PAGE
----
The Health Care System 3000 Years Ago
Written by Editor   
Wednesday, August 05, 2015 10:38 AM

At an ancient archaeology site in what is now Luxor, Egypt, archaeologists have uncovered evidence of the ancient Egyptian’s healthcare plan detailing three types of providers and their payment plans.

Archeologists have uncovered documentation ranging from official documents to personal letters, prescriptions, and legal inquiries about the treatment of the ill, “these documents demonstrate that the workers … who had the important task of building the pharaohs’ tombs in the Valley of the Kings, were offered a variety of healthcare benefits, including paid sick days and free visits to physicians.

The records prove that the workers visited three types of medical providers:  the physician, the scorpion charmer and the wise woman (translations of the ancient Egyptian words).  

The physician was also a member of the workforce, but while treating patients, he was excused from work and was paid rations by the Egyptian state.  Dealing primarily with responsive or reactive medicine, he treated his patients with ointments and prescriptions and was the primary healthcare provider.

The scorpion charmer mainly treated poisonous bites and stings, but he also served as an intermediary between his patients and the deities by practicing forms of preventative medicine, such as making amulets and charms for his patients.  In ancient Egypt, the lines between magic and medicine were often blurred.  The scorpion charmer was compensated by state religious institutions.

The wise woman, a kind of folk practitioner, helped diagnose the divine causes of illnesses.  She would help her patients determine which god or goddess needed to be supplicated in order to cure a particular illness.  there are indications that the wise woman practitioner lived outside of the community and was not supported by the state.  Individuals privately paid for her expertise.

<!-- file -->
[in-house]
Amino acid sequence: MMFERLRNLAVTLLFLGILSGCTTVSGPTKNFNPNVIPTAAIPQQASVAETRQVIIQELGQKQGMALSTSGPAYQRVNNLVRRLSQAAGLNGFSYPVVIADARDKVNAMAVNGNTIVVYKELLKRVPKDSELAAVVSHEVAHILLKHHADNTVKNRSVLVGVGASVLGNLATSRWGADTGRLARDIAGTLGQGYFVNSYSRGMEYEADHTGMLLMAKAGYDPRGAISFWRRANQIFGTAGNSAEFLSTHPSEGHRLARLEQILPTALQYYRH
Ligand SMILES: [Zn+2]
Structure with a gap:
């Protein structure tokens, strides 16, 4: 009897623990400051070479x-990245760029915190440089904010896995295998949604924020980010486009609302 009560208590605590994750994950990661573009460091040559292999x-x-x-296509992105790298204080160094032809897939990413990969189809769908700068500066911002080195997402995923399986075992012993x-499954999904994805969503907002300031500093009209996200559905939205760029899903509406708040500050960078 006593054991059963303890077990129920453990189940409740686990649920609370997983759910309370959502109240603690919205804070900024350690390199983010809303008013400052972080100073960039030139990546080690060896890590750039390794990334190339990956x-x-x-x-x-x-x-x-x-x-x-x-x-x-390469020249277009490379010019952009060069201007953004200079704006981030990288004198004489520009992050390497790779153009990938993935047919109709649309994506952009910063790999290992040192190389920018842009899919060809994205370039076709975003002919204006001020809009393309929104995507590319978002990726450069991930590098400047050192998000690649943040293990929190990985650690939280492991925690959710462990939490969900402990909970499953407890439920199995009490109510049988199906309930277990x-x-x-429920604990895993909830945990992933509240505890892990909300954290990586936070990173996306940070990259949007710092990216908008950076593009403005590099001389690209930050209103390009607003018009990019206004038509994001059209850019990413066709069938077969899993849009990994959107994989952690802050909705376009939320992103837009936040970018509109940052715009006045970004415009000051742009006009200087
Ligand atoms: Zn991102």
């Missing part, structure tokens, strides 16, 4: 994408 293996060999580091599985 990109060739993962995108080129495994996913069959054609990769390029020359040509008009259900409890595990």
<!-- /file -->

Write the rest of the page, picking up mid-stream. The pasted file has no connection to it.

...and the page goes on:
There were plenty for these practitioners to treat.  Their bones have been identified by an ousteo-archaeologist to have had osteomyelitis, and osteoarthritis of the ankle and knee joints were widespread.

Have things really changed much in the last 3000 years?  Do we still have the:

  • state-sponsored-reactionary-prescriber,
  • the faith-based-potion-pusher, and
  • the practitioner living-outside-of-the-state-and-religious-reimbursement-programs-who-just-practices-what-works-for-the-people.  

The physician practiced in a way that was “good for the state” – keep the workers on the job even if their joints hurt.

The scorpion charmer performed the same service for the state religious institution – promise them anything, just keep them “on the job”.

The wise woman who just sought to the the people who came to her for help.


Source:  http://members.bib-arch.org/publication.asp?PubID=BSBA&Volume=41&Issue=4&ArticleID=23